Nigeria is known as the “poverty capital of the world” – a title implicitly bestowed by the Brookings Institute, in a recent report citing data from the World Poverty Clock. This inglorious title is difficult to reconcile with the huge revenues Nigeria has received from extracting rent from hydrocarbons. However, the staggering highs in unemployment and illiteracy rates raise questions about the free rein given to public officers to handle public funds without an accountability mechanism.
Nigerian CSOs are rising to meet this challenge, with networks of like-minded organizations working together to strengthen accountability. CSOs are also realizing that data is an important tool in combatting the pattern of impunity; not just in advancing their individual work, but that accessing and making good use of public spending data can contribute to the public good. Pockets of civil society, particularly those tackling corruption, are increasingly seeking ways to build their capacity to access and use this data and fully realize its potential.
A leading example emerging from this trend, coupled with the rise of social media, the publication of budgets from the Budget Office and the launch of the Co-Creation Hub (Nigeria’s foremost social innovation space), a hybrid civic organization which molds technology with public finance advocacy – BudgIT. Founded in 2011, BudgIT has worked to make the Nigerian budget a social discourse, distilled to simple levels that can be interrogated irrespective of citizens’ literacy level. BudgIT has reached over 10 million Nigerians through different channels and has revolutionized national interest in the budget, seen as the second most important document in the country after the constitution.
Transparency and Accountability Initiative’s data use deep dive encouraged us to reflect on some of the key challenges and questions we navigate in our work. Below, we dig into ways we harness data to communicate with the public to create change and increase government accountability.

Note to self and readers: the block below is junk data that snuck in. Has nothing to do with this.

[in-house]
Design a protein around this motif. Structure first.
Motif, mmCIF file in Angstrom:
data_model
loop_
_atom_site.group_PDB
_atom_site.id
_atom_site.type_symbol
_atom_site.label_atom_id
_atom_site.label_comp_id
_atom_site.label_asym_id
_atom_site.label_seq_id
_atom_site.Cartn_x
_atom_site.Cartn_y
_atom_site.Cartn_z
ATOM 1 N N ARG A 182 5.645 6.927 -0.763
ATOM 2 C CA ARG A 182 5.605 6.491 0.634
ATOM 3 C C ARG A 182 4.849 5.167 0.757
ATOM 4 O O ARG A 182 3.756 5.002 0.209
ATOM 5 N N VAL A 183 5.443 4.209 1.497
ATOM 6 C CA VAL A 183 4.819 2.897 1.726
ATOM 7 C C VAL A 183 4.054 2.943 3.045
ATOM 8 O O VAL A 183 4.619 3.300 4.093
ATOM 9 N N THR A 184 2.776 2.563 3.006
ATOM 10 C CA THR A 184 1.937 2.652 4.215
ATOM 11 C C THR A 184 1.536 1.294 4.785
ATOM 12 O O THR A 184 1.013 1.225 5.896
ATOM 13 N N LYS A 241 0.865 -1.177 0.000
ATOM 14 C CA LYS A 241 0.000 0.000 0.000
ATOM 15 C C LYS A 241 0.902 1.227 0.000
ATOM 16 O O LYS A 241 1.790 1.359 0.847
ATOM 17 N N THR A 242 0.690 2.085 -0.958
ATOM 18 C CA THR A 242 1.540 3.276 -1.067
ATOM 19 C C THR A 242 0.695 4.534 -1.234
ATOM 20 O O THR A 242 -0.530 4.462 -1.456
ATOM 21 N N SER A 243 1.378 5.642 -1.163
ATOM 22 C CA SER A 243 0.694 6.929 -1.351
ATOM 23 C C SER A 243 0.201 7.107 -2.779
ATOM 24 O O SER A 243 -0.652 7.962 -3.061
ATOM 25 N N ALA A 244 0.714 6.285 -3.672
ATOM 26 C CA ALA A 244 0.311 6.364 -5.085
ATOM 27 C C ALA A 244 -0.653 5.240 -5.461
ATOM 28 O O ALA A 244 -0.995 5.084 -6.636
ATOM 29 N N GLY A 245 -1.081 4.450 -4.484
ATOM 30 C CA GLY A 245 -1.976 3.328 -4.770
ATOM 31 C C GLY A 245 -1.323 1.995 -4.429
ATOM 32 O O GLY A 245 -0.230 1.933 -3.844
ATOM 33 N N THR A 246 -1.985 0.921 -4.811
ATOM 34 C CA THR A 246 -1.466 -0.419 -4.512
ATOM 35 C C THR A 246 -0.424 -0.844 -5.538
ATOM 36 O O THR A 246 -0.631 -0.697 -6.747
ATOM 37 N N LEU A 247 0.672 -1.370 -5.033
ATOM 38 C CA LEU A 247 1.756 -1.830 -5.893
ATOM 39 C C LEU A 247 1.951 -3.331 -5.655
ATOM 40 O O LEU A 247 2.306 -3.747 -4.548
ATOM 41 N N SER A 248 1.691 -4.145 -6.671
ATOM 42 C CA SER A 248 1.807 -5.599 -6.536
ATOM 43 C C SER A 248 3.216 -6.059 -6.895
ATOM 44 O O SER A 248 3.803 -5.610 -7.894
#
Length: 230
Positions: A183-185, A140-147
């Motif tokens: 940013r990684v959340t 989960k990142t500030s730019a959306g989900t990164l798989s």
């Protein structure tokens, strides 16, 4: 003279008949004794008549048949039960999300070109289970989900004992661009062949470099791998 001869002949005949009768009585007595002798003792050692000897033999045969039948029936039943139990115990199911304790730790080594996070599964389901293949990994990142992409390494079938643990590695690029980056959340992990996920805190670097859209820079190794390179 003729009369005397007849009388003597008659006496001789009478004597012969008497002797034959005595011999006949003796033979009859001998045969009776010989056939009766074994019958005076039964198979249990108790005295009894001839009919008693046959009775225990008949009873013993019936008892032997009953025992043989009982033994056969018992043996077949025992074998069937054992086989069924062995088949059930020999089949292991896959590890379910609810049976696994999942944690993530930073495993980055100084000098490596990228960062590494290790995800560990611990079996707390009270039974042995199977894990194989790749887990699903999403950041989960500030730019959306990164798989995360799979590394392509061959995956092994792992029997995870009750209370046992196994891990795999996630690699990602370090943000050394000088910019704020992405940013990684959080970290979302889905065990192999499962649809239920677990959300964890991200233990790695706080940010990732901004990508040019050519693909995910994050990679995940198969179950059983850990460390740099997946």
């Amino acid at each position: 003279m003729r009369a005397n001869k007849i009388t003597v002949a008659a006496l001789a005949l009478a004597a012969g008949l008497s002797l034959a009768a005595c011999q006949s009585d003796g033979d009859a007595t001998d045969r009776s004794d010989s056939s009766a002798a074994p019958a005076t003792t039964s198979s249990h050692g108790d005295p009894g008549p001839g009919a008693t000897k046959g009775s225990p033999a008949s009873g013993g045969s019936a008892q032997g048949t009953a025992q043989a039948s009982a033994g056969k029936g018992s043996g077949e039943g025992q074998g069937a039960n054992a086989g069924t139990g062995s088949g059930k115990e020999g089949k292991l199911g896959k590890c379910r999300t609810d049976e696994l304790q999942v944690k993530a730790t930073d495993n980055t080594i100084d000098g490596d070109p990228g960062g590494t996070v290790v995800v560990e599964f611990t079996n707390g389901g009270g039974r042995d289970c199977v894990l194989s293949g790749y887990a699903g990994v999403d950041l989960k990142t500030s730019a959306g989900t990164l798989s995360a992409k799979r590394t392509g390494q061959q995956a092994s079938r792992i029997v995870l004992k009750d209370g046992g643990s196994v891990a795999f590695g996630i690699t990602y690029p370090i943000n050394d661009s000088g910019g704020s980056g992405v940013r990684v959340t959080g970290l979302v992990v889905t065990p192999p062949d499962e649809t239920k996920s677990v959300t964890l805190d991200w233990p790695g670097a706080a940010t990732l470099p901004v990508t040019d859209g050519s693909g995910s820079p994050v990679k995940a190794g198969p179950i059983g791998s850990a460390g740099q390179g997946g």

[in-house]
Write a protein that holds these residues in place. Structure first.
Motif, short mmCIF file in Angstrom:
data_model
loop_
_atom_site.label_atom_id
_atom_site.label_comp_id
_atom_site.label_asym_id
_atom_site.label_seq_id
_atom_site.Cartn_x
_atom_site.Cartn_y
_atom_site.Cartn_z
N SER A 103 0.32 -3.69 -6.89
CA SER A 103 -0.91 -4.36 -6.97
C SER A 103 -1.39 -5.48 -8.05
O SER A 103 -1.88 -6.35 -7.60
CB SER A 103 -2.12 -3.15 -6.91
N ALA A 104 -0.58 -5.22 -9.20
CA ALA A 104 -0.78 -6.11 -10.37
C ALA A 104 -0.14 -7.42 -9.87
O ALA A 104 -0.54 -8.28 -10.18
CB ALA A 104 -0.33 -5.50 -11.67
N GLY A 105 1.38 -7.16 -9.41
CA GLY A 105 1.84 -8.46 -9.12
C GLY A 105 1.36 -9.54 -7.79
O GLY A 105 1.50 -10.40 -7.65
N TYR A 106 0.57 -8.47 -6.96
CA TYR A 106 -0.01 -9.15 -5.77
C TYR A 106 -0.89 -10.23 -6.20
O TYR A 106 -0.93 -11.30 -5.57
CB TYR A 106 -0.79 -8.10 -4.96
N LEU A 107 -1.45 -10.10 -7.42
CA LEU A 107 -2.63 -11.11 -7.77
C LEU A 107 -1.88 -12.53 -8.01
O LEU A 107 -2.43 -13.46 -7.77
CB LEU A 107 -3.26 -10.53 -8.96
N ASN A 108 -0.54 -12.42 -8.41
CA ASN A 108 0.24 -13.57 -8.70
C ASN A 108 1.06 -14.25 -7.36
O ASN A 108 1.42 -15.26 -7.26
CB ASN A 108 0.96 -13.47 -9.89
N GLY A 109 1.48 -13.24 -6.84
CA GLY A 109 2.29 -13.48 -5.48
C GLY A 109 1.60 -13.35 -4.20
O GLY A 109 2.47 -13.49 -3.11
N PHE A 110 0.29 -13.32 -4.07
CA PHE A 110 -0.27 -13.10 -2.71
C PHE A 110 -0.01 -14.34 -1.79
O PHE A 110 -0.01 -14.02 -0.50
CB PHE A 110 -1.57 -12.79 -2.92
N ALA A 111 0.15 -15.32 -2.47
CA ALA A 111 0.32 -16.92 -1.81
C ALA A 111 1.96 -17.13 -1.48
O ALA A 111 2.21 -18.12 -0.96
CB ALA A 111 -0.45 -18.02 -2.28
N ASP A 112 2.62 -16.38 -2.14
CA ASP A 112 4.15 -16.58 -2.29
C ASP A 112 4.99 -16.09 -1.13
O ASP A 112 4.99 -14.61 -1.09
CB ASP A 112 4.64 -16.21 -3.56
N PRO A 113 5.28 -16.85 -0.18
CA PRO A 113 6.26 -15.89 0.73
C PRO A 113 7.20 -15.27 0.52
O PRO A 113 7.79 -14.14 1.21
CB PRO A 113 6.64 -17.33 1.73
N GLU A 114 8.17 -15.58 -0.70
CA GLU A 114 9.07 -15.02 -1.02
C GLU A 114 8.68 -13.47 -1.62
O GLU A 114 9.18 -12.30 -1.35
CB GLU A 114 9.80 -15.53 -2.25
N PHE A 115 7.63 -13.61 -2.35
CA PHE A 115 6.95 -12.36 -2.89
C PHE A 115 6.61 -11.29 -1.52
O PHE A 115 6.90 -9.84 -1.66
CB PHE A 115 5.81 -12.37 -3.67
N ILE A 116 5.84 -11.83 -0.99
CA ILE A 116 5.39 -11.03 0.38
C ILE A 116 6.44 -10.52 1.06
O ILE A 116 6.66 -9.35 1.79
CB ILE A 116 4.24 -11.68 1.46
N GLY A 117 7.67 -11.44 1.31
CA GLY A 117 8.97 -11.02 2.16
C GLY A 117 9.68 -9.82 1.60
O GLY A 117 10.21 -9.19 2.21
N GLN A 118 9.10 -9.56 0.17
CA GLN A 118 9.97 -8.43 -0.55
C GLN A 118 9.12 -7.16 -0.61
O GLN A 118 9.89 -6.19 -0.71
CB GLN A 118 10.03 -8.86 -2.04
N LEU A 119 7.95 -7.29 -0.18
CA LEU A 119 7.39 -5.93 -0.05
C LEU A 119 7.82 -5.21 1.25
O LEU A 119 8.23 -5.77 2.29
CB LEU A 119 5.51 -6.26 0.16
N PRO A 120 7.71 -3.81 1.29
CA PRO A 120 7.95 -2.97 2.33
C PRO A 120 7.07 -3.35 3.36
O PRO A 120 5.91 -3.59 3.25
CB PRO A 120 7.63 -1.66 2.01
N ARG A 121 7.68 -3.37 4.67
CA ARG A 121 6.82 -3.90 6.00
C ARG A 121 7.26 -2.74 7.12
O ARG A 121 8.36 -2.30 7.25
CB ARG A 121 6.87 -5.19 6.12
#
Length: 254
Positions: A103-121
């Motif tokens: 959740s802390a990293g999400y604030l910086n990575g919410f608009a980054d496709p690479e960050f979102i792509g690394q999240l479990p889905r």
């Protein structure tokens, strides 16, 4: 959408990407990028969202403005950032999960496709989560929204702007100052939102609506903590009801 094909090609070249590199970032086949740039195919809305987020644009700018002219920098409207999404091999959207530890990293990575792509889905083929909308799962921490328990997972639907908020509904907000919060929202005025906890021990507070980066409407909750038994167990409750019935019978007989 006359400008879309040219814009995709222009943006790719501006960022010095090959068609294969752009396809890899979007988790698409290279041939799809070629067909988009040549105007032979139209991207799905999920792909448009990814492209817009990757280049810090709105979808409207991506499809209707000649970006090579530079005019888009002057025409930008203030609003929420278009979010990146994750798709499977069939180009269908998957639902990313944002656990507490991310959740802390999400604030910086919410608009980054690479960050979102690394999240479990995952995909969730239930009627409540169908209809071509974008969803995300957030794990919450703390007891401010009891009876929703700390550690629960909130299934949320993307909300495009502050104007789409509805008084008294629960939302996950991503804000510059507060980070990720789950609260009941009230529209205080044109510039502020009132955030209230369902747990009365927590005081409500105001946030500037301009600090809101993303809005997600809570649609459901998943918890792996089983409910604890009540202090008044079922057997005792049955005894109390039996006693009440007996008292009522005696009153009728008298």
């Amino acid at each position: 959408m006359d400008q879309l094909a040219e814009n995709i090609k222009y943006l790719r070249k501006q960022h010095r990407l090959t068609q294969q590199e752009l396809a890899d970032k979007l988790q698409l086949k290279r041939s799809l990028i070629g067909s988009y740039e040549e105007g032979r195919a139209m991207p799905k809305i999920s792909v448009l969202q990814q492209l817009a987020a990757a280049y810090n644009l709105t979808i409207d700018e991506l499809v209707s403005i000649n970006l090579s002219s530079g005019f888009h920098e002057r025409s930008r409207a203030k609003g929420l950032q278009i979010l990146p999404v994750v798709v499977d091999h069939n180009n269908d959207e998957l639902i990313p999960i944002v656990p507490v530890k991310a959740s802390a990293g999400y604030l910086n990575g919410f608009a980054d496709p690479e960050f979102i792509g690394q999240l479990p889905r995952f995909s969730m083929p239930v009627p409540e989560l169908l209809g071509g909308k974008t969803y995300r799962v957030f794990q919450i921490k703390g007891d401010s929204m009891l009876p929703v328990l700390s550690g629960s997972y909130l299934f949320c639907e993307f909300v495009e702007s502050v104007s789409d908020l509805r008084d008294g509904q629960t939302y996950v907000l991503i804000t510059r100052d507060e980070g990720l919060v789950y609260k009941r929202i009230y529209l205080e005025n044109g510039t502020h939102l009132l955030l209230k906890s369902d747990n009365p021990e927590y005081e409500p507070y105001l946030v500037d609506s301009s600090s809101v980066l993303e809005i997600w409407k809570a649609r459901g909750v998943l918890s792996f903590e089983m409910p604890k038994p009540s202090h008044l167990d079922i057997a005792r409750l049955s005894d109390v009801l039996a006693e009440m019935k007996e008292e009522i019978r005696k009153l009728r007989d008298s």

1. How does BudgIT connect with the diverse perspectives of our audiences?
Acknowledging the challenge in reading public budgets (across low to middle and even sections of high- income earners), BudgIT combines data, design, and technology to craft infographics that engage with citizens. We have developed over 1,200 infographics on different topical issues related to public finance and neighborhood projects. It is important that infographics be tailored to the audiences’ intelligence level and be available in local languages via townhall meetings. The simple goal has been to provide ordinary Nigerians with an opportunity to articulate their voices to engage and demand effective service delivery from their public office holders.
2. After simplifying the budget, how does BudgIT show a pathway to action?
Beyond providing the budget in simple designs and sharing it through diverse approaches – social media, community town halls, radio, television – we ask: what will the citizens do with this information? This art of questioning led us to the creation of our service delivery monitoring tool known as Tracka. Tracka is a community of active citizens who share updates on public projects within their communities, and this creates a pathway to use irrefutable information to demand accountability. Tracka has tracked 15,723 projects and has ensured the completion of over 426 projects through facilitating various modes of communication between local residents, community champions, tracking officers and the responsible government officials.
3. How can groups such as BudgIT connect citizens with the government?
At the heart of our work is the desire to facilitate the formation of feedback loops within a democracy. The reality has been that politicians desert citizens after winning elections, an approach that local media have ingloriously termed “the brothel arrangement.” Working with our partners, we are working to roll back years of poor understanding of the terms of every social contract within a democracy, and to enable citizens to grow into their role as part of the democratic system. Our collective work within communities goes beyond access to the budget; it is to strengthen civic understanding of accountability and put the demand for service delivery in the core of that.
4. How does BudgIT work with government without losing their voice?
As an organization, we have also worked with government institutions in different areas which include capacity building on design, technology support and reform agenda programmes. We are driven by the recognition that as much as the citizens need help, government institutions also need assistance to improve their capacity to engage with the public. We work with institutions at Federal and State level but maintain our neutrality and dignity because we have always stayed on the side of data. At BudgIT, we simply interrogate data, ensure that we interpret in the right context and propose solutions in a manner that advances society.